25.00(18.50-37.50)
9.00 (6.50-11.50)
Separated(3)
H=5.862
H=10.473 Ω
H=16.811¥,Ω
p=0.053
p=0.005
p<0.001
Low(1)
32
35.00 (28.50-44.00) 25.50(21.00-33.50)
8.50(6.50-12.50)
Middle(2)
220 27.00 (22.00-34.00) 21.00 (18.00-24.50)
6.00 (5.00-9.00)
Family
Income
High(3)
94
25.50(21.00-31.00)
19.00 (17.00-23.00)
5.50(5.00-7.00)
Level
¥,Ω,ǂ
¥,Ω,ǂ
H=21.75
H=22.53
H=21.28¥,Ω,ǂ
p<0.001
p<0.001
p<0.001
One Child(1)
18
31.00(24.00-37.00)
22.50(18.00-28.00)
7.00(5.00-9.00)
Number Of Two Children(2)
176 26.00(21.00-31,50)
20.00(17.00-23.00)
6.00 (5.00-8.00)
Sibling
More
Than
Two
152 29.00(24.00-37.00)
22.00 (18.00-25.00)
7.00 (5.00-9.00)
Children(3)
H=13.588¥,Ω,ǂ
H=12.252ǂ
H=12.611ǂ
p=0.001
p=0.002
p=0.002
Living Together(1)
329 28.00(22.00-34.25)
20.00 (17.75-24.00)
6.00(5.00-8.00)
Mother
Separate Lives(2)
8
27.00 (21.50-42.50) 20.50(17.50-30.00)
5.50(5.00-10.50)
And Father
Divorced(3)
9
31.00(26.25-34.75)
25.00 (23.75-28.25)
9.00 (7.75-11.25)
H=0.985
H=8.326 Ω
H=7.083Ω
p=0.611
p=0.016
p=0.029
There is a difference between: ¥: (1) vs (2), Ω: (1) vs (3), ǂ: (2) vs (3)
With regard to the association between
togetherness of the parents and childhood trauma life,
physical and sexual abuses were more frequently
experienced by the students whose parents are
divorced compared to those whose parents are living
together. A similar study has also reported the marital
status of parents to be a major risk factor for child
abuse (Fergusson and Lynskey, 1997; Unal 2008).
In our study, the mean CTQ scores decreased
significantly with the increasing family income level.
Previous studies have also reported similar results
(Fergusson and Lynskey, 1997; Işmen and Aydın
2003; Zeren, Yengil, Celikel et al., 2012).
Mean CTQ scores found to be increased with
the increasing number of siblings. Various studies
have also reported similar results, with considering
the high number of siblings as a risk factor for trauma
life (Katerndahl, Burge and Kellogg, 2005; Ozen,
Antar and Ozkan 2007).
Childhood trauma life was found to be
experienced more by the students having an
authoritarian father and less by those having an overprotective father. Similarly, Kaya and Cecen-Erogul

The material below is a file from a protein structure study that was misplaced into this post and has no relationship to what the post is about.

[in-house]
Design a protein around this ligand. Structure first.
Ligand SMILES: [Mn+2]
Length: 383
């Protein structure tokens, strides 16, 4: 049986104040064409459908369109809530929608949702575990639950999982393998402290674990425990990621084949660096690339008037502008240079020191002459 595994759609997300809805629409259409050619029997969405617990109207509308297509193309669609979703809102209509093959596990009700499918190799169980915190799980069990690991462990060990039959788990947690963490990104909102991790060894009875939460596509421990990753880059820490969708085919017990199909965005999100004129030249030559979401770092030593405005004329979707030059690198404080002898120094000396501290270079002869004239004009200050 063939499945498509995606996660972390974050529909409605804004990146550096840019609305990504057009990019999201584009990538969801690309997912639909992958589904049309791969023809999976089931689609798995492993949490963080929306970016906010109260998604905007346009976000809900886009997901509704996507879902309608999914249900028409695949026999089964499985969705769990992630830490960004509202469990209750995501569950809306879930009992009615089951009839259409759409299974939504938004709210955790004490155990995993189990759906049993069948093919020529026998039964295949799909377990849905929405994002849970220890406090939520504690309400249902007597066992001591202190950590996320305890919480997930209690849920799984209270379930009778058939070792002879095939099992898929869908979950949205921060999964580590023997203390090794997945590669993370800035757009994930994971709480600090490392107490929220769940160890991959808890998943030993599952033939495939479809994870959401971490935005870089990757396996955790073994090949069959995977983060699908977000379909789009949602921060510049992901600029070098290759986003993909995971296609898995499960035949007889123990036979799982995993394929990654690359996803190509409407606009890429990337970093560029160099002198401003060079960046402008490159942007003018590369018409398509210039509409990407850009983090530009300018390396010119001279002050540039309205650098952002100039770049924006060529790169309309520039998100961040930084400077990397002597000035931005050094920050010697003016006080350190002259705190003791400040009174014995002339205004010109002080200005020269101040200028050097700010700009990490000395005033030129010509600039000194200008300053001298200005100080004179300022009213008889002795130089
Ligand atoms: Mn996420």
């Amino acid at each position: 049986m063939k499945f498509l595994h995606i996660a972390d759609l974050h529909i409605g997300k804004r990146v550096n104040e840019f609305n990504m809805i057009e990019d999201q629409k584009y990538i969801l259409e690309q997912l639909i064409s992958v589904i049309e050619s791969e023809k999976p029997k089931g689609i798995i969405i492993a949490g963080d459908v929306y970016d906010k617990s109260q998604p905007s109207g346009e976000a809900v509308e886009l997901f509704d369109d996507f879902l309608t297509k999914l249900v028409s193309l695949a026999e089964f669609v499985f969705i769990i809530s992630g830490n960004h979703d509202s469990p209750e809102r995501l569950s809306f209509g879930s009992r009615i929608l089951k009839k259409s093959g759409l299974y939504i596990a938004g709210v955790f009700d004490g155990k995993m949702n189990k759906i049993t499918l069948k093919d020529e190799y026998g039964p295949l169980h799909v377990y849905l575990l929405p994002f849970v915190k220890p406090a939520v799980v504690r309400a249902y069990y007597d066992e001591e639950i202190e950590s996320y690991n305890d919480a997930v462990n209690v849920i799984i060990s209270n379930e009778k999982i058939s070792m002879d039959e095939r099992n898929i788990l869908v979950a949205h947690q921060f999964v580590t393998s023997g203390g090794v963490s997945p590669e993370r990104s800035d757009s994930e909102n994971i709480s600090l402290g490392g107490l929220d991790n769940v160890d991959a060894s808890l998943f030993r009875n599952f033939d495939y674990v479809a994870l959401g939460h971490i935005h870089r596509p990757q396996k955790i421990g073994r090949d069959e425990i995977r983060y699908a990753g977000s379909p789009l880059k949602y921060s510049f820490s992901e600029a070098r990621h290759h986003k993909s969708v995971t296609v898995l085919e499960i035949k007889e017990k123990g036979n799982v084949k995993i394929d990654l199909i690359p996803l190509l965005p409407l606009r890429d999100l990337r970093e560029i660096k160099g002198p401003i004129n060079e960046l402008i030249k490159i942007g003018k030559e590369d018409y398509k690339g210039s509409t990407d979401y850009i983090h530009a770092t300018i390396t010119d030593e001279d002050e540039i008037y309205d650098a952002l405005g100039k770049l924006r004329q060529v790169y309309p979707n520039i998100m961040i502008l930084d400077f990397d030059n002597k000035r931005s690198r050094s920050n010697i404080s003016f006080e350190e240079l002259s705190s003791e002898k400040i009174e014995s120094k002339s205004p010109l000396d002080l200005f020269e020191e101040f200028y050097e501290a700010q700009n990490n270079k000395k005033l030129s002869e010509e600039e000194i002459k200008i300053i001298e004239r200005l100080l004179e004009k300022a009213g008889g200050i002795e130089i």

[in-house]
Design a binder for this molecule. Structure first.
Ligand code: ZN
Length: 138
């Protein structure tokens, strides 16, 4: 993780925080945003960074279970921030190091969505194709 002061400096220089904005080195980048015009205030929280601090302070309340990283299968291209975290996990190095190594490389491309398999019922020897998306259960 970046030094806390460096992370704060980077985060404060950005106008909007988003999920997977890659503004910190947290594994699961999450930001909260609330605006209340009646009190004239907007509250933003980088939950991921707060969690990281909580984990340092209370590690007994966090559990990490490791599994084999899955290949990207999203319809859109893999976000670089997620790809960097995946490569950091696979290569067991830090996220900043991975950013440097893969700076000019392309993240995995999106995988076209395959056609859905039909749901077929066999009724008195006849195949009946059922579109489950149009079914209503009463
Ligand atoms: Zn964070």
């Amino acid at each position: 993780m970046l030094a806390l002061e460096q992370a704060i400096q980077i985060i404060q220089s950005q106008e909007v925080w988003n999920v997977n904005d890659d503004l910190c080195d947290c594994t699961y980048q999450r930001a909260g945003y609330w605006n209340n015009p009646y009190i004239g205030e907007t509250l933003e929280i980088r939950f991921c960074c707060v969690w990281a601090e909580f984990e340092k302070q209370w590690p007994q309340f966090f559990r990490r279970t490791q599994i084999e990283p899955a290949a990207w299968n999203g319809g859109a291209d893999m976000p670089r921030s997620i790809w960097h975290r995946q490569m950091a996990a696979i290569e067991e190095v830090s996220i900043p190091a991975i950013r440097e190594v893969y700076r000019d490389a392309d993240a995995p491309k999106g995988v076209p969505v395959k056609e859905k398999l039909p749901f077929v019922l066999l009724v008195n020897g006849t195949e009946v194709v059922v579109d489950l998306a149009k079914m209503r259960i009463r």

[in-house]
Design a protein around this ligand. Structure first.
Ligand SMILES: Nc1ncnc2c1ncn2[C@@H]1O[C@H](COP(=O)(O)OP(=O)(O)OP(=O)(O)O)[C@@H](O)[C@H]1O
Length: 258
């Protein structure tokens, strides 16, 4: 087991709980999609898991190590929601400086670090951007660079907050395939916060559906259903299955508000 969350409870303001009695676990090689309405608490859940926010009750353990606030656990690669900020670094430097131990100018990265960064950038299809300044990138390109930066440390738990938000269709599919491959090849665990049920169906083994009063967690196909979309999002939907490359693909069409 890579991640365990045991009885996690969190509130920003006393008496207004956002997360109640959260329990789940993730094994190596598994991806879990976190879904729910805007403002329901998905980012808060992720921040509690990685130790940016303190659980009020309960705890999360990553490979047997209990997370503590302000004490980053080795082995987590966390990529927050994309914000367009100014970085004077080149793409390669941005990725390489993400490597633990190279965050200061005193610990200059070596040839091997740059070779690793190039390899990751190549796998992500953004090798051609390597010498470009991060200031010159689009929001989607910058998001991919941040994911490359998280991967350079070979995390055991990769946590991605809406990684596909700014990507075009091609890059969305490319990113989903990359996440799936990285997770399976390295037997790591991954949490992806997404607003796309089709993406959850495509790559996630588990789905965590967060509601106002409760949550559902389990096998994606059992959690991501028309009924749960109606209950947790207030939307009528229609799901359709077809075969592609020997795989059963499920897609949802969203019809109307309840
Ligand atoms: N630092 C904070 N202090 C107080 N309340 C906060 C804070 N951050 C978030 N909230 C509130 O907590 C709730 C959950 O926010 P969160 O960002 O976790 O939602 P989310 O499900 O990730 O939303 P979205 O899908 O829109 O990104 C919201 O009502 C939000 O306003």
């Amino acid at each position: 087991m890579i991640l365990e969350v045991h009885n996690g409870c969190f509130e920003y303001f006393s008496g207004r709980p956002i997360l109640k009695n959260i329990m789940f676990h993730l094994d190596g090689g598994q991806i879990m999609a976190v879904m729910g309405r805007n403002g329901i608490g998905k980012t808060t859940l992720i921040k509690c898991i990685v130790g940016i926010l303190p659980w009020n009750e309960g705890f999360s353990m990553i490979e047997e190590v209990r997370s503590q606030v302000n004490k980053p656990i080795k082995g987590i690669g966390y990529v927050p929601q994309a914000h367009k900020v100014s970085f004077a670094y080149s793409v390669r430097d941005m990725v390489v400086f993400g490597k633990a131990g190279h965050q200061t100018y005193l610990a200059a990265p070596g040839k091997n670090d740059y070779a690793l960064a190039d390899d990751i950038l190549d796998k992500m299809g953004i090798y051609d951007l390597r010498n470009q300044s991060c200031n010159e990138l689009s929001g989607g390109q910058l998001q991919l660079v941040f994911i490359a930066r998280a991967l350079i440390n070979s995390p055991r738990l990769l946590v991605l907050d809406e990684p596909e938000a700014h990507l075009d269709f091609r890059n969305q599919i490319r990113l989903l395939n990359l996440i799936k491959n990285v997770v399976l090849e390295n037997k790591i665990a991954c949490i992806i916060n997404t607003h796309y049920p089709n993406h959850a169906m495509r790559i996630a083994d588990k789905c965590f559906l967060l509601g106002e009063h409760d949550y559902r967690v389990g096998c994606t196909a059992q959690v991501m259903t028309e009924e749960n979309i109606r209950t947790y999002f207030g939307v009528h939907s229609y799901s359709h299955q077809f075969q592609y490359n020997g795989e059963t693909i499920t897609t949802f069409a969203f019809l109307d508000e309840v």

(2013) have reported the family functions as a
predictor of the childhood trauma life in adolescents.
CTQ scores were significantly higher among the
students who had lived separately from the family
longer than 3 months.
The students who had experienced a traumatic
event (disaster, accident, attack, etc.) found to have
higher CTQ scores. This can be attributed to the
unprotected status of the child experiences this kind
of events.
The mean CTQ scores were significantly higher
in students with a history of substance use. In a
755
Life Science Journal 2014;11(11)
http://www.lifesciencesite.com
similar study by Mırsal, Kalyoncu, Pektaş et al.
(2004) negative childhood life was found to be in
higher frequency among those with alcohol addiction.
Accordingly, there was also a significant
association between the CTQ scores and history of
psychiatric disorders. In the study by Ozen, Antar and
Ozkan’ın (2007), a positive correlation has been
reported between the negative childhood life and
psychopathology.
As an another dimension of the study,
correlation analysis was performed to evaluate the
relationship of the childhood trauma life with selfesteem. It was found that increase in experiencing
childhood trauma results in decreased self-esteem.
Accordingly, Durmusoglu and Dogru (2006) have
studied the effect of childhood trauma life on the
close relationships during the adolescent period and
have found a significant and negative association
between the relational self-esteem scores and
physical abuse and emotional abuse subscales of
CTQ (p<0.05).